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Walter S. Baldwin Jr. (January 2, 1889 − January 27, 1977) was a prolific character actor whose career spanned five decades and 150 film and television roles, and numerous stage performances.
Baldwin was born in Lima, Ohio from a theatrical family and served in the First World War.
He was probably best known for playing the father of the handicapped sailor in The Best Years of Our Lives. He was the first actor to portray "Floyd the Barber" on The Andy Griffith Show.
Prior to his first film roles in 1939, Baldwin had appeared in more than a dozen Broadway plays. He played Whit in the first Broadway production of Of Mice and Men, and also appeared in the original Grand Hotel in a small role, as well as serving as the production's stage manager. He originated the role of Bensinger, the prissy Chicago Tribune reporter, in the Broadway production of The Front Page.
In the 1960s he had small acting roles in television shows such as Petticoat Junction and Green Acres. He continued to act in motion pictures, and one of his last roles was in Rosemary's Baby.
Baldwin was known for playing solid middle class burghers, although sometimes he gave portrayals of eccentric characters. He played a customer seeking a prostitute in The Lost Weekend and the rebellious prison trusty Orvy in Cry of the City. Walter Baldwin was featured in a lot of John Deere Day Movies from 1949-59 where he played the farmer Tom Gordon. In this series of Deere Day movies over a decade he helped to introduce many new pieces of John Deere farm equipment year-by-year. In each yearly movie he would be shown on his in A Tom Gordon Family Film where he would be buying new John Deere farm equipment or a new green and yellow tractor.A picture of Walter Baldwin playing Tom Gordon can be found on page 108 of Bob Pripp's book John Deere Yesterday & Today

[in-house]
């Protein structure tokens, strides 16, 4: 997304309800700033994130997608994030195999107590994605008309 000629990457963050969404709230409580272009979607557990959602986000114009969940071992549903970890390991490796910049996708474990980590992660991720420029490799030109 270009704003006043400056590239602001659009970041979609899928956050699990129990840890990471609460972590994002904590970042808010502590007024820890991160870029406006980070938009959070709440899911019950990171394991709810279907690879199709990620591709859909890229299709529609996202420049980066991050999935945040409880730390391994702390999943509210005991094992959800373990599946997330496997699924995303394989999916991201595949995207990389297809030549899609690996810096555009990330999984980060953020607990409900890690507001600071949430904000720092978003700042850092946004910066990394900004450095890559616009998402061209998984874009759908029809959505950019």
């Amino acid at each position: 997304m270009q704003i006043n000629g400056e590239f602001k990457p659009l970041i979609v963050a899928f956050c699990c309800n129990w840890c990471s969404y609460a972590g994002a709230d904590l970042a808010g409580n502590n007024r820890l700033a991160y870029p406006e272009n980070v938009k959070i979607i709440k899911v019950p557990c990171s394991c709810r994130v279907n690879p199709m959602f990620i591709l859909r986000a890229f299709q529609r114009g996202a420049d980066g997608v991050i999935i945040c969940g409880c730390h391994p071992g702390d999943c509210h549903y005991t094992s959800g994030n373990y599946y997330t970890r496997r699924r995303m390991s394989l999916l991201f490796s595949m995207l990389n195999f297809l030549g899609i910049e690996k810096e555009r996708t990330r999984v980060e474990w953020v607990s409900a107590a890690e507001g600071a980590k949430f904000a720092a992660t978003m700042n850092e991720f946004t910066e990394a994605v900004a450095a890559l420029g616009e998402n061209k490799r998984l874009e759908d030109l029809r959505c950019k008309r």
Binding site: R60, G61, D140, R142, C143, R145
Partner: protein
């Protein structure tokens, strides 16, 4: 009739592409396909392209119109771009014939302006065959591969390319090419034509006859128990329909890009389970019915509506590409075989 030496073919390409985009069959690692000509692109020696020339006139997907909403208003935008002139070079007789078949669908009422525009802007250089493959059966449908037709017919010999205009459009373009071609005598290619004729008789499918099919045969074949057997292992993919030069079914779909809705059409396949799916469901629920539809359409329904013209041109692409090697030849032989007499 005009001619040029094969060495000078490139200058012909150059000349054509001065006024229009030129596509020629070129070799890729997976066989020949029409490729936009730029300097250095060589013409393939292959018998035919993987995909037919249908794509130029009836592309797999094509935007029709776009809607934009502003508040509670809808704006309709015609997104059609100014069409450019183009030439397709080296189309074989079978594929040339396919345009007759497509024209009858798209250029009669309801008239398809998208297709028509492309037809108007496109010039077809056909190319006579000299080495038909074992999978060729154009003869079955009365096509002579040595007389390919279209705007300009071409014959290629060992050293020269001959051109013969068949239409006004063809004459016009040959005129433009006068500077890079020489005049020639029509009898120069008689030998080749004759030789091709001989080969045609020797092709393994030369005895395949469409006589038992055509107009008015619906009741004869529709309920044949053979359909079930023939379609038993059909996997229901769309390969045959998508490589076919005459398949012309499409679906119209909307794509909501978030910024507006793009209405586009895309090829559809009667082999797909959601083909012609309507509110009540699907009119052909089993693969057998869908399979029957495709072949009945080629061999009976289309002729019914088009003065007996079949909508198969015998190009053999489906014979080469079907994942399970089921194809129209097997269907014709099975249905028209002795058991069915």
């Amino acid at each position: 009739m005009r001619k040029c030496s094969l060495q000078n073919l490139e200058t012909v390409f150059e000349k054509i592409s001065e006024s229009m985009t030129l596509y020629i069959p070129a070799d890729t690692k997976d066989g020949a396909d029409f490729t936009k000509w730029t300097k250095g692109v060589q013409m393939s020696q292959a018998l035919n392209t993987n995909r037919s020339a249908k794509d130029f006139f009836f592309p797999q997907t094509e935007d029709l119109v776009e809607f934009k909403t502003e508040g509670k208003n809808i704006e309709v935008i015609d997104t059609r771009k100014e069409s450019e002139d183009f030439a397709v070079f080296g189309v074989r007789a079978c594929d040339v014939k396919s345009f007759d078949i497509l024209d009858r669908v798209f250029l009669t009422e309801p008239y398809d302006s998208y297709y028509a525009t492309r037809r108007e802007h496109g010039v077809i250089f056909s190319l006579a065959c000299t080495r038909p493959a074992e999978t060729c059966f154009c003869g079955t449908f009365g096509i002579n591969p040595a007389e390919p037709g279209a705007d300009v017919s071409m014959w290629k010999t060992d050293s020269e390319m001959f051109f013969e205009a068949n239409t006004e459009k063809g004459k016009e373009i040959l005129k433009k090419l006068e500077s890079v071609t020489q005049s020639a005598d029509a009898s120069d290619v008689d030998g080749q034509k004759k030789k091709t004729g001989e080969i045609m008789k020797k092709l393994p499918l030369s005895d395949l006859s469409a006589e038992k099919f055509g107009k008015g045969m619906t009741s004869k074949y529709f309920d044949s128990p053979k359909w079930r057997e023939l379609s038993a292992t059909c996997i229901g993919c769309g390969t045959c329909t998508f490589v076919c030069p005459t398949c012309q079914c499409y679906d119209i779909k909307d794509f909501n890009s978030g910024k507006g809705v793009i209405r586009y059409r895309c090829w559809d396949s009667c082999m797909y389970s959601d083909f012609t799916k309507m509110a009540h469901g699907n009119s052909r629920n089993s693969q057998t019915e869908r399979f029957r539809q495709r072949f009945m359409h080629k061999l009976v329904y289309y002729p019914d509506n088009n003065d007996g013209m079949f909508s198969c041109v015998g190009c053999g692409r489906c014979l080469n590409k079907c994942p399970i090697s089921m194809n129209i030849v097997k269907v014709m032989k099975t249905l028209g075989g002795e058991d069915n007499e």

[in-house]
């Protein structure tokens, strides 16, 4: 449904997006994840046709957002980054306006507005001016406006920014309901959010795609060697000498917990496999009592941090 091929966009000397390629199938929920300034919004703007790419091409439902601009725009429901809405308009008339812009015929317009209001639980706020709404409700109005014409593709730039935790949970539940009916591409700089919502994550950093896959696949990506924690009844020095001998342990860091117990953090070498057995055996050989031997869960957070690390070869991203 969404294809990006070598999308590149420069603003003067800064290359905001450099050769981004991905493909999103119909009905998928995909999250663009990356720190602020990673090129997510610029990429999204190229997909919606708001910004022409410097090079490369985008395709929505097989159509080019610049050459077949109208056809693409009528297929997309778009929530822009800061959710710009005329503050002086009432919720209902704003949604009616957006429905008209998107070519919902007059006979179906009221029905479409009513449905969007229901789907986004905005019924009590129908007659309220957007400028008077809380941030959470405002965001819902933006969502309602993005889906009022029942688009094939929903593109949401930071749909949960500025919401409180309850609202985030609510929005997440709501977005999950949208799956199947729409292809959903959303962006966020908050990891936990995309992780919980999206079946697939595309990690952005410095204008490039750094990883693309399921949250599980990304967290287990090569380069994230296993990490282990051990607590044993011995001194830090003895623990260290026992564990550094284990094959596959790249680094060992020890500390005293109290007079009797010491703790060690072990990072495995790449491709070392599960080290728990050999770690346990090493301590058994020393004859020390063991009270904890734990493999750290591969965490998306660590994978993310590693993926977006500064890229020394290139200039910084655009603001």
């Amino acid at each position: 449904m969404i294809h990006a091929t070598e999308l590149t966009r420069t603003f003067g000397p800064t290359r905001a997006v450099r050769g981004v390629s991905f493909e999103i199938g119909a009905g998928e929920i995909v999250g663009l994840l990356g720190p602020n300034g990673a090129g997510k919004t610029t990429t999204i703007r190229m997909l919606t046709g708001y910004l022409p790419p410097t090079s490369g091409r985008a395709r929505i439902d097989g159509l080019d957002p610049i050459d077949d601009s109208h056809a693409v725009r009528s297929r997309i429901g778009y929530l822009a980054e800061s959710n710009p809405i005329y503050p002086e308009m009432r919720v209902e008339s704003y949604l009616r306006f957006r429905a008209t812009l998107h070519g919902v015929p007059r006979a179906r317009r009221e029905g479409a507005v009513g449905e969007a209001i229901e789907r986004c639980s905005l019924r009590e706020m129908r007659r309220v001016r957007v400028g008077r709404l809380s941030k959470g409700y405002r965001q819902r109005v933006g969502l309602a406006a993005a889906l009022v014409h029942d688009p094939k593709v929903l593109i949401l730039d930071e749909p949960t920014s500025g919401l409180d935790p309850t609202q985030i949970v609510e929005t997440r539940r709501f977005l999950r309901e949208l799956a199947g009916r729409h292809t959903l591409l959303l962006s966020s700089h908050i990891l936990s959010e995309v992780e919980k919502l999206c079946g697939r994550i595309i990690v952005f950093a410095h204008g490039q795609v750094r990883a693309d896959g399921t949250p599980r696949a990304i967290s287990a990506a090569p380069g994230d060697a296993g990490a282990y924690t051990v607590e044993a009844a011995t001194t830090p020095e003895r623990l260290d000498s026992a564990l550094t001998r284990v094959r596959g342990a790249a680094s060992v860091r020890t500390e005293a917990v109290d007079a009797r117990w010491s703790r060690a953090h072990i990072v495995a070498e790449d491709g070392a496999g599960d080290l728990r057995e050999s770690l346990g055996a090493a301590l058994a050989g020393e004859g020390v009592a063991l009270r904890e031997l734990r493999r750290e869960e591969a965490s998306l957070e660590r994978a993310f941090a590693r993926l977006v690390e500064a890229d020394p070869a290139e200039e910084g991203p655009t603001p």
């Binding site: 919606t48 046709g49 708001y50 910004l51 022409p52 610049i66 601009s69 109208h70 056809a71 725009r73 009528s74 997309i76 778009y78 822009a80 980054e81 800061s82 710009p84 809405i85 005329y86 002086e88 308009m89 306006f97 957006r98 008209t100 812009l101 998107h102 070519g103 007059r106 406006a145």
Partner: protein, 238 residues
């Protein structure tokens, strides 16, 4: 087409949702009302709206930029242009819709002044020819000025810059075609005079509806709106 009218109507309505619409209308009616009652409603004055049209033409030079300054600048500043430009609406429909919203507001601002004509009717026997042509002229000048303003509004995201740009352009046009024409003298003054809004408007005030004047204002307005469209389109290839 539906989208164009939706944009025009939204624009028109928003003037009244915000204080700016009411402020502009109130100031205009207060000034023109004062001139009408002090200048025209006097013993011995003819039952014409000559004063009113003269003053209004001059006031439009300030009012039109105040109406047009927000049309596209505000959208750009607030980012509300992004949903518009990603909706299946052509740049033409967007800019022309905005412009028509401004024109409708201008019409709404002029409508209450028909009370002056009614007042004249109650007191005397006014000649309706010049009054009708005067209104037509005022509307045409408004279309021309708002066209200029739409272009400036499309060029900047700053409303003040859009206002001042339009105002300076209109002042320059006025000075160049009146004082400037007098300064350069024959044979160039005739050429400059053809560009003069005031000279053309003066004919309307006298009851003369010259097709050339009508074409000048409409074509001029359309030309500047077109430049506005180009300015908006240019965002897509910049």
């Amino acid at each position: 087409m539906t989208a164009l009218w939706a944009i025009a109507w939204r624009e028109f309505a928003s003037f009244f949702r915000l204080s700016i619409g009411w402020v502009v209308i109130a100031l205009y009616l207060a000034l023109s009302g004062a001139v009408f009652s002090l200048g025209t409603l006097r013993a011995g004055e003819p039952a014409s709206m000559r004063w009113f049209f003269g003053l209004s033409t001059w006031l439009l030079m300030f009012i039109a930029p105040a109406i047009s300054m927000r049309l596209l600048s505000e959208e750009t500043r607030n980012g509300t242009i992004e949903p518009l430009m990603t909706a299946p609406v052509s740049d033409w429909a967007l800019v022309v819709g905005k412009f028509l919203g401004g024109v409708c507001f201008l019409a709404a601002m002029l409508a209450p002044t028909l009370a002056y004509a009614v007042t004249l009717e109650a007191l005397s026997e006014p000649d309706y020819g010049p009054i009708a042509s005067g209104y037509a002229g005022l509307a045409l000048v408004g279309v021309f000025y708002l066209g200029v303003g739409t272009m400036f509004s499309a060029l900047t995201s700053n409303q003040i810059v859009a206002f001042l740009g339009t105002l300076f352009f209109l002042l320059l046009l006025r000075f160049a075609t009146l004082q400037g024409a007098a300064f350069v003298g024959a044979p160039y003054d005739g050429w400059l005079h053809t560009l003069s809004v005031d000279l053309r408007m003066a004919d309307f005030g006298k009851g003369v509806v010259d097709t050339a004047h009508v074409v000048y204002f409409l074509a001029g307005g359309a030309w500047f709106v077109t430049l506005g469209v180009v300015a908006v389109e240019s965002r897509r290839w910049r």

Hal Erickson writes in Allmovie: "With a pinched Midwestern countenance that enabled him to portray taciturn farmers, obsequious grocery store clerks and the occasional sniveling coward, Baldwin was a familiar (if often unbilled) presence in Hollywood films for three decades."